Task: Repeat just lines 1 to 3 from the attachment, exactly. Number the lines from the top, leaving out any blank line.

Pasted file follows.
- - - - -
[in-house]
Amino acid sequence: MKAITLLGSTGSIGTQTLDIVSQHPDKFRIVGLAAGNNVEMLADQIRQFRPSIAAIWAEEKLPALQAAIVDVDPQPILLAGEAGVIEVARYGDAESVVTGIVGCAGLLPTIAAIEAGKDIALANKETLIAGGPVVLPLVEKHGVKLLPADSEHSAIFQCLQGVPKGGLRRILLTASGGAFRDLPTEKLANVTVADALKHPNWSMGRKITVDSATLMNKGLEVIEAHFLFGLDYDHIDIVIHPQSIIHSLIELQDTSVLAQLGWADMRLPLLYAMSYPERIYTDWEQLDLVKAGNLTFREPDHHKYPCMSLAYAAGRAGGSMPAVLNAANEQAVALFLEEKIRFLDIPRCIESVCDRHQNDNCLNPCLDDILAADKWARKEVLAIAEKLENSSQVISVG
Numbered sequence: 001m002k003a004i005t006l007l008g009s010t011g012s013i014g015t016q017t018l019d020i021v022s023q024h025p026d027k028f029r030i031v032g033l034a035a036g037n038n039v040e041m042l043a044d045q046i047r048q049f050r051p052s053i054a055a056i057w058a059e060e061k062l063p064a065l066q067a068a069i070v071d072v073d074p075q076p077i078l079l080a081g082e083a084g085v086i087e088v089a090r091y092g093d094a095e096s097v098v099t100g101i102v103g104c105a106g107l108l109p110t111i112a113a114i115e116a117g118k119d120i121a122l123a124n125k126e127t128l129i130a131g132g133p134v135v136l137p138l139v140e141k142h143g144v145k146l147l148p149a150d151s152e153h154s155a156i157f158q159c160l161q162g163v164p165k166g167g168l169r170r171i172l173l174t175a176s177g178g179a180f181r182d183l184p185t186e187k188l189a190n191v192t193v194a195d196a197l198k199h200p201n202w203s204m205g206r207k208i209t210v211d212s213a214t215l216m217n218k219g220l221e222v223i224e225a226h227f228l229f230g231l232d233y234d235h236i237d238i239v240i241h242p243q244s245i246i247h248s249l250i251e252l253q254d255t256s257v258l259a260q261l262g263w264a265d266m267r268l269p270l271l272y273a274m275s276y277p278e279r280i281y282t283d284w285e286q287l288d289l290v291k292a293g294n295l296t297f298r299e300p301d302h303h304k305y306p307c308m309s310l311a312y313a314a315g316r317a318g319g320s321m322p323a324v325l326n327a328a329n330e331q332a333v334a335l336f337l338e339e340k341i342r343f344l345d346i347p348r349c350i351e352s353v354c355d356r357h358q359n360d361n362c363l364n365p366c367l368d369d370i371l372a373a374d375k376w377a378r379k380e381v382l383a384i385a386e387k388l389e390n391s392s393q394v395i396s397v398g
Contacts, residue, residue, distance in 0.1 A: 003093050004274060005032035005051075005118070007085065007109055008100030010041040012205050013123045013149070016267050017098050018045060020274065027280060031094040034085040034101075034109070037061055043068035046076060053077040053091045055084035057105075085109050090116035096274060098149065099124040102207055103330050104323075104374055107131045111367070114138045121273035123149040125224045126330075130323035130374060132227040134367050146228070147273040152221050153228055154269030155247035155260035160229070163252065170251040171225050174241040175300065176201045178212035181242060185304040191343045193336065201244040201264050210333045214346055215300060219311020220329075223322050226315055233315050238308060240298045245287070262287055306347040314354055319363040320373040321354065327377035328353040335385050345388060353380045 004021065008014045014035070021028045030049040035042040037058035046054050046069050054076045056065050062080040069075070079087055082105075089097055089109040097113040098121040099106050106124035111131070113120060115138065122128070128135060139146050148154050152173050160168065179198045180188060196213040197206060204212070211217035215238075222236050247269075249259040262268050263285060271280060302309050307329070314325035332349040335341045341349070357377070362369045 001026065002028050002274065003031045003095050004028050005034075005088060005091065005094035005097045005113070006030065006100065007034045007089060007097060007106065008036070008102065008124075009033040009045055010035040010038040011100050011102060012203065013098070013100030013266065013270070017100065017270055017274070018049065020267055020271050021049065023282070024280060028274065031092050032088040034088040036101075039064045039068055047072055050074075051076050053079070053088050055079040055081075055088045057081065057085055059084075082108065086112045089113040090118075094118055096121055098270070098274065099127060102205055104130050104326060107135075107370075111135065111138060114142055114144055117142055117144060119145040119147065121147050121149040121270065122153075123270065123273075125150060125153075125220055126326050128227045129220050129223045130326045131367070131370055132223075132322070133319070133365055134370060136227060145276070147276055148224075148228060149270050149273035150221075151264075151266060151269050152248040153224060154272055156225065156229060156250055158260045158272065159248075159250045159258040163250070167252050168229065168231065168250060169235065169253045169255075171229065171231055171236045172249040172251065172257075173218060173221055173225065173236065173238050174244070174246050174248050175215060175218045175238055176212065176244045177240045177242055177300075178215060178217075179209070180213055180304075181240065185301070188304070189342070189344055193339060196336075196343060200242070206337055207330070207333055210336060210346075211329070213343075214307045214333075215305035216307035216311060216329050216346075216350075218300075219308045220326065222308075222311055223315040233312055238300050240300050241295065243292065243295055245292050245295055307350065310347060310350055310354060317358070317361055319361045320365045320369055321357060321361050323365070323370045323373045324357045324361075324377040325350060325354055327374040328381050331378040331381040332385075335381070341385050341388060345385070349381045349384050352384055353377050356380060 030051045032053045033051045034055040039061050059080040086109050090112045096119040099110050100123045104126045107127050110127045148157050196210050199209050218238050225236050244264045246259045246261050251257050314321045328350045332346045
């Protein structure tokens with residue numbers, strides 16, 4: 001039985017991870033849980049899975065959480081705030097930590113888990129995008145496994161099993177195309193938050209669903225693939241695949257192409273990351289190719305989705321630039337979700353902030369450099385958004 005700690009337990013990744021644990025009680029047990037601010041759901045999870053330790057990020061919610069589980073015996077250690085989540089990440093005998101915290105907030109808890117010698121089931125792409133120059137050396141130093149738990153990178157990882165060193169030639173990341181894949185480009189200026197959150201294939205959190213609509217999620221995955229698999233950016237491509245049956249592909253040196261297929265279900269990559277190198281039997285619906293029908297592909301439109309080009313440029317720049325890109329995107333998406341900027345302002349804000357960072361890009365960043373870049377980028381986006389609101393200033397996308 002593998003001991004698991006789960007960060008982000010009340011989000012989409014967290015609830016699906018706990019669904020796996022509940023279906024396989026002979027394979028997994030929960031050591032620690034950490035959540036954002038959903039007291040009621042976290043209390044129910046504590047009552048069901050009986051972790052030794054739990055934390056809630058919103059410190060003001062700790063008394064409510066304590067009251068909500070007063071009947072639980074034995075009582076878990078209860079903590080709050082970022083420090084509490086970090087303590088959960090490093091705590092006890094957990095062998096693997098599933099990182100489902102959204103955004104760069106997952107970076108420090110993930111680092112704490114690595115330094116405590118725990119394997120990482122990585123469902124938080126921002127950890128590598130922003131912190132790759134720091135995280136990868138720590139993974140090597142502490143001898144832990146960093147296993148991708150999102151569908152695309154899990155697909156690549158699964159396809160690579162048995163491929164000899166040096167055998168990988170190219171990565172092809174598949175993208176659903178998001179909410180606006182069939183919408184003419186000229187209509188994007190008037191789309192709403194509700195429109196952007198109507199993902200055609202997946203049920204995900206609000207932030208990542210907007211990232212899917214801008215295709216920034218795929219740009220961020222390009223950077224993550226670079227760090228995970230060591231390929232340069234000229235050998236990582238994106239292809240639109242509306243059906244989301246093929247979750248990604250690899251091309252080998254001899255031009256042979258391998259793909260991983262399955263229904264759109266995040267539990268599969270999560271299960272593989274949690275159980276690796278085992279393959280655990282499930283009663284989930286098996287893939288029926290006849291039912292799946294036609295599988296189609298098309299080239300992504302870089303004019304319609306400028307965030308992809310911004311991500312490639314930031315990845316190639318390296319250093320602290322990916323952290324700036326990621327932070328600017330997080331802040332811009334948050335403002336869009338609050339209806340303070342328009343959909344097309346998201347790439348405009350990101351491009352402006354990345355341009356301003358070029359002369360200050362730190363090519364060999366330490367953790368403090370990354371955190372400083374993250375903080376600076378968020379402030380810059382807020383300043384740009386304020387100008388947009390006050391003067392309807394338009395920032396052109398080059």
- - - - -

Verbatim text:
[in-house]
Amino acid sequence: MKAITLLGSTGSIGTQTLDIVSQHPDKFRIVGLAAGNNVEMLADQIRQFRPSIAAIWAEEKLPALQAAIVDVDPQPILLAGEAGVIEVARYGDAESVVTGIVGCAGLLPTIAAIEAGKDIALANKETLIAGGPVVLPLVEKHGVKLLPADSEHSAIFQCLQGVPKGGLRRILLTASGGAFRDLPTEKLANVTVADALKHPNWSMGRKITVDSATLMNKGLEVIEAHFLFGLDYDHIDIVIHPQSIIHSLIELQDTSVLAQLGWADMRLPLLYAMSYPERIYTDWEQLDLVKAGNLTFREPDHHKYPCMSLAYAAGRAGGSMPAVLNAANEQAVALFLEEKIRFLDIPRCIESVCDRHQNDNCLNPCLDDILAADKWARKEVLAIAEKLENSSQVISVG
Numbered sequence: 001m002k003a004i005t006l007l008g009s010t011g012s013i014g015t016q017t018l019d020i021v022s023q024h025p026d027k028f029r030i031v032g033l034a035a036g037n038n039v040e041m042l043a044d045q046i047r048q049f050r051p052s053i054a055a056i057w058a059e060e061k062l063p064a065l066q067a068a069i070v071d072v073d074p075q076p077i078l079l080a081g082e083a084g085v086i087e088v089a090r091y092g093d094a095e096s097v098v099t100g101i102v103g104c105a106g107l108l109p110t111i112a113a114i115e116a117g118k119d120i121a122l123a124n125k126e127t128l129i130a131g132g133p134v135v136l137p138l139v140e141k142h143g144v145k146l147l148p149a150d151s152e153h154s155a156i157f158q159c160l161q162g163v164p165k166g167g168l169r170r171i172l173l174t175a176s177g178g179a180f181r182d183l184p185t186e187k188l189a190n191v192t193v194a195d196a197l198k199h200p201n202w203s204m205g206r207k208i209t210v211d212s213a214t215l216m217n218k219g220l221e222v223i224e225a226h227f228l229f230g231l232d233y234d235h236i237d238i239v240i241h242p243q244s245i246i247h248s249l250i251e252l253q254d255t256s257v258l259a260q261l262g263w264a265d266m267r268l269p270l271l272y273a274m275s276y277p278e279r280i281y282t283d284w285e286q287l288d289l290v291k292a293g294n295l296t297f298r299e300p301d302h303h304k305y306p307c308m309s310l311a312y313a314a315g316r317a318g319g320s321m322p323a324v325l326n327a328a329n330e331q332a333v334a335l336f337l338e339e340k341i342r343f344l345d346i347p348r349c350i351e352s353v354c355d356r357h358q359n360d361n362c363l364n365p366c367l368d369d370i371l372a373a374d375k376w377a378r379k380e381v382l383a384i385a386e387k388l389e390n391s392s393q394v395i396s397v398g